Ayaz Gul in Islamabad, Pakistan, contributed to this report.
The U.S. envoy negotiating with the Taliban in Afghanistan, Zalmay Khalilzad, says the answer to lowering the death toll in that country is to achieve a peace deal.
Wednesday, the United Nations released a report saying more Afghan civilians were killed in the first three months of 2019 by U.S. and Afghan government forces than by the Taliban and other insurgents.
Khalilzad said Thursday on Twitter that the deaths "outrage us all & we stand w/Afghans who protest the deaths & want to end the bloodshed."
He said, "We deeply regret any loss of innocent life during military operations" and added the "real solution is a cease-fire or reduced violence as we pursue lasting peace."
The U.N. report said in the first three months of 2019, pro-government forces caused 305 deaths and 303 injuries among civilians, while insurgent groups killed 227 civilians and injured 736.
Women and children made up half of the civilian casualties from all aerial operations, according to the report. But overall, it was the least deadly first quarter since 2013.
The U.N. attributed the lower number to the decrease in suicide bombings in the embattled country.
"It is unclear whether the decrease in civilian casualties was influenced by any measures taken by parties to the conflict to better protect civilians, or by the ongoing talks between parties to the conflict," the United Nations report said.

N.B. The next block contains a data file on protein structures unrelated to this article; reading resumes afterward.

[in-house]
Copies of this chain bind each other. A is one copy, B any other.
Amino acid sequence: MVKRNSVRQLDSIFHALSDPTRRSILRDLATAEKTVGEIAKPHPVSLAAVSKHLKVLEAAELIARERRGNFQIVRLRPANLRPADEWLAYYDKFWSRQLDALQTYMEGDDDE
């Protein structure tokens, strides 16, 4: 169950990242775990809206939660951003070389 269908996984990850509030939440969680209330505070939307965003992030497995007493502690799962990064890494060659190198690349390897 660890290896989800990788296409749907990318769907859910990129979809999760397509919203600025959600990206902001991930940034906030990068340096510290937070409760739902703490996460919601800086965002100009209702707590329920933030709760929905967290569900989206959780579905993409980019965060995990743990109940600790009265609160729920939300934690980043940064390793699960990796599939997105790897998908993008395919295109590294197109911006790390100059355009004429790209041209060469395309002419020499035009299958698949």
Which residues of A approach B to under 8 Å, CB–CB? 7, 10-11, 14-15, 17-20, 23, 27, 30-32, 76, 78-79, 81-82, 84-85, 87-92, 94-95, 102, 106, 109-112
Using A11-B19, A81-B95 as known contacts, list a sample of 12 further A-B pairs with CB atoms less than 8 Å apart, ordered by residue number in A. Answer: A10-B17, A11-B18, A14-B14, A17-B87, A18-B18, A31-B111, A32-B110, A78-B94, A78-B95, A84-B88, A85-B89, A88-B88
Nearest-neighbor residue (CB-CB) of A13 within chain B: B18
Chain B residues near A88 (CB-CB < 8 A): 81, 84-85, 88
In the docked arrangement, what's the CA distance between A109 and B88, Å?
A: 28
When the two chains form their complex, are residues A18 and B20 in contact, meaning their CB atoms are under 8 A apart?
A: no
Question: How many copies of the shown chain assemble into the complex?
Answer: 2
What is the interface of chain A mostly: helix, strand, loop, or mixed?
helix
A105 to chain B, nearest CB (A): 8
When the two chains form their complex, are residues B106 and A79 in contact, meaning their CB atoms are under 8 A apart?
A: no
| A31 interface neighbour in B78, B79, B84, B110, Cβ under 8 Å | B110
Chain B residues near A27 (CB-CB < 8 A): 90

"A shocking number of civilians continue to be killed and maimed each day. All parties must do more to safeguard civilians," Tadamichi Yamamoto, U.N. special representative for Afghanistan, said in a statement. "All parties must do more to safeguard civilians."
Khalilzad echoed that sentiment Thursday, saying in a third tweet, "For us, peace is the agenda."
Taliban spokesman Zabihullah Mujahid said that Yamamoto met Thursday with the head of the insurgent group's "political office," Mullah Abdul Ghani Baradar, in Qatar and "showed his appreciation for the decrease in civilian casualties caused by the Islamic Emirate [Taliban]."
In a statement sent to journalists, Mujahid noted the "extensive discussions" between the two sides in Doha covered the Afghan peace process, civilian casualties and humanitarian operations in Taliban-controlled areas.
He said that Baradar "encouraged" Yamamoto and his delegation in Afghanistan to "strictly adhere to the principles of impartiality in such issues and appropriately discharge their responsibilities in the discussed arenas."
The Taliban spokesman said some members of their team engaged in negotiations with Khalilzad also attended the meeting.
The U.N. office in Kabul in a tweet Friday defended Yamamoto’s meeting with insurgent officials without commenting on Taliban assertions about the outcome of the interaction.
“In support of Afghan people and government’s efforts to end the war, reduce civilian casualties to zero and provide humanitarian aid to most vulnerable Afghans, U.N. envoy to Afghanistan Yamamoto yesterday held a regal meeting with Taliban in Doha,” it said.